Just last week, the Chinese air force chief officer called military competition in space “inevitable.” For those who thought this was just idle saber-rattling, take a look at what the American Air Force is cooking up this morning: a $50 million bid for better interplanetary weather forecasts, “battlespace surveillance” in space environments and inertial sensors for navigation, presumably in situations where the standard compass isn’t effective.
The call for proposals is pretty general, but it specifically seeks “to define the impact of the Earth’s space environment on Air Force systems and to achieve a capability for specifying, predicting, mitigating, and exploiting the effects of the space environment that can disrupt or degrade Air Force operational systems.” In short: we need to figure out how to expand our Air Force capabilities into the area immediately outside Earth’s atmosphere.
More specifically, the call for bids wants research in forecasting solar and interplanetary weather conditions that can cause electromagnetic or geomagnetic interference with communication signals or space flight systems. It also seeks better sensors for situational awareness in space; that is, commanders want to know how to best calibrate navigational instruments in space, as well as to create next-gen orientation sensors with “accuracies surpassing state of the art ring laser gyroscopes.”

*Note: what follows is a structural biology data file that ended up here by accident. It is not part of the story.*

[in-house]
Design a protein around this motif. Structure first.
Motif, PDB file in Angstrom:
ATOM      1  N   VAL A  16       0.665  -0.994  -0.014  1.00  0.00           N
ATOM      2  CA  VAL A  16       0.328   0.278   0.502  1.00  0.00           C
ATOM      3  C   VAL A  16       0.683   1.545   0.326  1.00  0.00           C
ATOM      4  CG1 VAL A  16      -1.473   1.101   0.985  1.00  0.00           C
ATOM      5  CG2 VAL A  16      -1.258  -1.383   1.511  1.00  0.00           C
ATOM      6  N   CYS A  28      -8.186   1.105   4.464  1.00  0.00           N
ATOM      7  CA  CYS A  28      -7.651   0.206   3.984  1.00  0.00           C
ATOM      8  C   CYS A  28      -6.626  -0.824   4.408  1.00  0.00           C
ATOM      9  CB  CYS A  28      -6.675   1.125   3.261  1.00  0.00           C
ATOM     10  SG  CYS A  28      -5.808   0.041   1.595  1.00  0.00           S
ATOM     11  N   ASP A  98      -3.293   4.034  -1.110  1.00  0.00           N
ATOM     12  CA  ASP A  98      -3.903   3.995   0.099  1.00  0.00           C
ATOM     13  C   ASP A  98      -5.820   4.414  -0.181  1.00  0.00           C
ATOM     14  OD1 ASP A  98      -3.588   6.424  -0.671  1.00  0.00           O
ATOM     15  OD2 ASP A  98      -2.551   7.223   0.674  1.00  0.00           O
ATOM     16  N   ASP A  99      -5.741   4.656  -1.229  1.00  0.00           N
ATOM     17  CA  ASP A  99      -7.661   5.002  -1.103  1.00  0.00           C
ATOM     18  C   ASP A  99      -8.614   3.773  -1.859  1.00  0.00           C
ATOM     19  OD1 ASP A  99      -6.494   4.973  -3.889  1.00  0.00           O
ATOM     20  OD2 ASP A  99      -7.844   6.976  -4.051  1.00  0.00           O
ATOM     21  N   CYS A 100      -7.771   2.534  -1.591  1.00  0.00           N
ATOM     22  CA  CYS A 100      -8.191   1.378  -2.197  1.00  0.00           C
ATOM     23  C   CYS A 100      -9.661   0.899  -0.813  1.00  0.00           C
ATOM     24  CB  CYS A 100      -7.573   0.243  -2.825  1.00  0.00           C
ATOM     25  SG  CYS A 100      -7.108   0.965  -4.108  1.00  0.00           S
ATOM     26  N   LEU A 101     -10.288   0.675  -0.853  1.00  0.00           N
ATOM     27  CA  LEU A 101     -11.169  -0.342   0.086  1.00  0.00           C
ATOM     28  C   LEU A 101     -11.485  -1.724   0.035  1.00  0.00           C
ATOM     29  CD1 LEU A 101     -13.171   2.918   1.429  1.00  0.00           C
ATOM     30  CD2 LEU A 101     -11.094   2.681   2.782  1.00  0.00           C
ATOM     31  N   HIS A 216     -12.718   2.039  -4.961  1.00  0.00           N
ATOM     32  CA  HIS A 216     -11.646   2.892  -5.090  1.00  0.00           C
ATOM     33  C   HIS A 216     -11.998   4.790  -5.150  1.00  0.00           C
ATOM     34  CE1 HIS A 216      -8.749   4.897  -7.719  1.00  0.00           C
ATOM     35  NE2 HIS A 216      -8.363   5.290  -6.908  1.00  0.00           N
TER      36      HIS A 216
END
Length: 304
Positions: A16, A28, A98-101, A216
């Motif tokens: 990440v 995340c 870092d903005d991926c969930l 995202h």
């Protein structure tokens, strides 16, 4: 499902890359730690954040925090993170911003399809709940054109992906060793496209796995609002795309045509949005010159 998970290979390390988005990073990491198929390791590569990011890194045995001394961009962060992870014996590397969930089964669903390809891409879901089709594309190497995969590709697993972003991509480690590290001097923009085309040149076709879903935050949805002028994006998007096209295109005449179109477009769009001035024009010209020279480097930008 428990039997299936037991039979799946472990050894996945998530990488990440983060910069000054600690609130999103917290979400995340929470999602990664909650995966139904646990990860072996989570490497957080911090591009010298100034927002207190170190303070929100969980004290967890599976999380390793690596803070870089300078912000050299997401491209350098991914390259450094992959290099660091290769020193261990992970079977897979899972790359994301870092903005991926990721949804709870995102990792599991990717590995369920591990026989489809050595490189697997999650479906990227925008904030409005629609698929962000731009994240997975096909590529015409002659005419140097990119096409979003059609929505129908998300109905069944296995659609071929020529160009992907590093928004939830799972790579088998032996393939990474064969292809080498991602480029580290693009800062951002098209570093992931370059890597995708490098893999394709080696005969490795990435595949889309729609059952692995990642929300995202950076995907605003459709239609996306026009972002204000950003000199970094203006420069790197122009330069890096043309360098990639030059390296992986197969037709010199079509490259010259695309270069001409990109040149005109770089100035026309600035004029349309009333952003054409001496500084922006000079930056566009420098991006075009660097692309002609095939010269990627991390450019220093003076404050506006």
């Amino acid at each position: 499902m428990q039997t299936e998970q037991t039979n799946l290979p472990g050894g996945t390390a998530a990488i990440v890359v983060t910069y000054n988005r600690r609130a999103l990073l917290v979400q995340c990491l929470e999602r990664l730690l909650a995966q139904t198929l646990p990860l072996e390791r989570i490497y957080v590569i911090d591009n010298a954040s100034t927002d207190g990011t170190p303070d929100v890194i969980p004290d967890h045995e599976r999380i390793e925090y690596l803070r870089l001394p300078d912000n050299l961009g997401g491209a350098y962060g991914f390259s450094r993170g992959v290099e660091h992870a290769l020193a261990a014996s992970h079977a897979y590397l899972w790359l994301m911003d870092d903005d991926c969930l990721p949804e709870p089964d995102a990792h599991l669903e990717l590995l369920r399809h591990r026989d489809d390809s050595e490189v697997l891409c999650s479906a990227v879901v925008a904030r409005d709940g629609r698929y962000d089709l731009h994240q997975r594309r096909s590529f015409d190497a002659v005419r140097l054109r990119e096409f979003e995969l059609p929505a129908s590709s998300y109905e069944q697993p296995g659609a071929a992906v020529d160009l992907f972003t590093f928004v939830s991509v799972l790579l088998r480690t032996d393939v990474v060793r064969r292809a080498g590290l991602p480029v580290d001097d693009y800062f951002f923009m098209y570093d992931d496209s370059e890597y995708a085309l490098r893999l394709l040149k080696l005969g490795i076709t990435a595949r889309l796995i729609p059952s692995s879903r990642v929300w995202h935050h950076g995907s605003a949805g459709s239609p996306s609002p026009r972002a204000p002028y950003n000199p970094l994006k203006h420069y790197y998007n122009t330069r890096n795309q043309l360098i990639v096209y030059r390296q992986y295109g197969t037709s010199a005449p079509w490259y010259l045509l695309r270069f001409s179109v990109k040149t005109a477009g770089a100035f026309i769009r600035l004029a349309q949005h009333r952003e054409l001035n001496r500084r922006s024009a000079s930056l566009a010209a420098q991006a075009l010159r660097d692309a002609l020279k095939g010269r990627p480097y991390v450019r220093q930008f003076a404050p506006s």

This certainly isn’t the American military’s first foray into space technology, but it is a remarkable investment in research that is aimed at actually operating in space. Whether or not the Chinese commander’s comments precipitated this call for proposals is unclear, but they certainly didn’t go unnoticed by our top military brass. The Air Force isn’t going interstellar anytime soon, but it appears to be on the long-term agenda.